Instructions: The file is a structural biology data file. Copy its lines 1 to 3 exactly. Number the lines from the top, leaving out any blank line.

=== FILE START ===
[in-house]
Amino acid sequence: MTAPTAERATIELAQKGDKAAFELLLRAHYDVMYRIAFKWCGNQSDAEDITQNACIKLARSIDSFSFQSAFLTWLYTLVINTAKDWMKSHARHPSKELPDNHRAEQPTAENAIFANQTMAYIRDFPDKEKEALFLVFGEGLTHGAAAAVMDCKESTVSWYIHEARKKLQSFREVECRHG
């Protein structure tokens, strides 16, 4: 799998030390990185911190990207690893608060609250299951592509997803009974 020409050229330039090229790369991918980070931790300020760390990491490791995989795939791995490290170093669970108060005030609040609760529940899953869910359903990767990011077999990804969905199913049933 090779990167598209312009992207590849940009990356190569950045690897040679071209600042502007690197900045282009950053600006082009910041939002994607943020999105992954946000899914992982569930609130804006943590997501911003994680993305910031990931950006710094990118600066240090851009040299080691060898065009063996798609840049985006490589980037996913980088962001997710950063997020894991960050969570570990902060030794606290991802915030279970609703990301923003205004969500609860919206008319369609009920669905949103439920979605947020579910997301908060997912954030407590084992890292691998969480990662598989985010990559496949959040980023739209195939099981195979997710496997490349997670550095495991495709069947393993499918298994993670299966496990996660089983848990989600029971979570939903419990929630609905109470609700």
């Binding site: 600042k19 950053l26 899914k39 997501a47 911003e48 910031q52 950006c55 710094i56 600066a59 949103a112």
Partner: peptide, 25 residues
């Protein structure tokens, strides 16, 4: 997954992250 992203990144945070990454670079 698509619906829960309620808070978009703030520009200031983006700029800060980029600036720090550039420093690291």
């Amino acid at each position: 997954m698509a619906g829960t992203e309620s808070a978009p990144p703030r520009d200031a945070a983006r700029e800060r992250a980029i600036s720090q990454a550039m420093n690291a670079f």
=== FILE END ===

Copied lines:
[in-house]
Amino acid sequence: MTAPTAERATIELAQKGDKAAFELLLRAHYDVMYRIAFKWCGNQSDAEDITQNACIKLARSIDSFSFQSAFLTWLYTLVINTAKDWMKSHARHPSKELPDNHRAEQPTAENAIFANQTMAYIRDFPDKEKEALFLVFGEGLTHGAAAAVMDCKESTVSWYIHEARKKLQSFREVECRHG
């Protein structure tokens, strides 16, 4: 799998030390990185911190990207690893608060609250299951592509997803009974 020409050229330039090229790369991918980070931790300020760390990491490791995989795939791995490290170093669970108060005030609040609760529940899953869910359903990767990011077999990804969905199913049933 090779990167598209312009992207590849940009990356190569950045690897040679071209600042502007690197900045282009950053600006082009910041939002994607943020999105992954946000899914992982569930609130804006943590997501911003994680993305910031990931950006710094990118600066240090851009040299080691060898065009063996798609840049985006490589980037996913980088962001997710950063997020894991960050969570570990902060030794606290991802915030279970609703990301923003205004969500609860919206008319369609009920669905949103439920979605947020579910997301908060997912954030407590084992890292691998969480990662598989985010990559496949959040980023739209195939099981195979997710496997490349997670550095495991495709069947393993499918298994993670299966496990996660089983848990989600029971979570939903419990929630609905109470609700």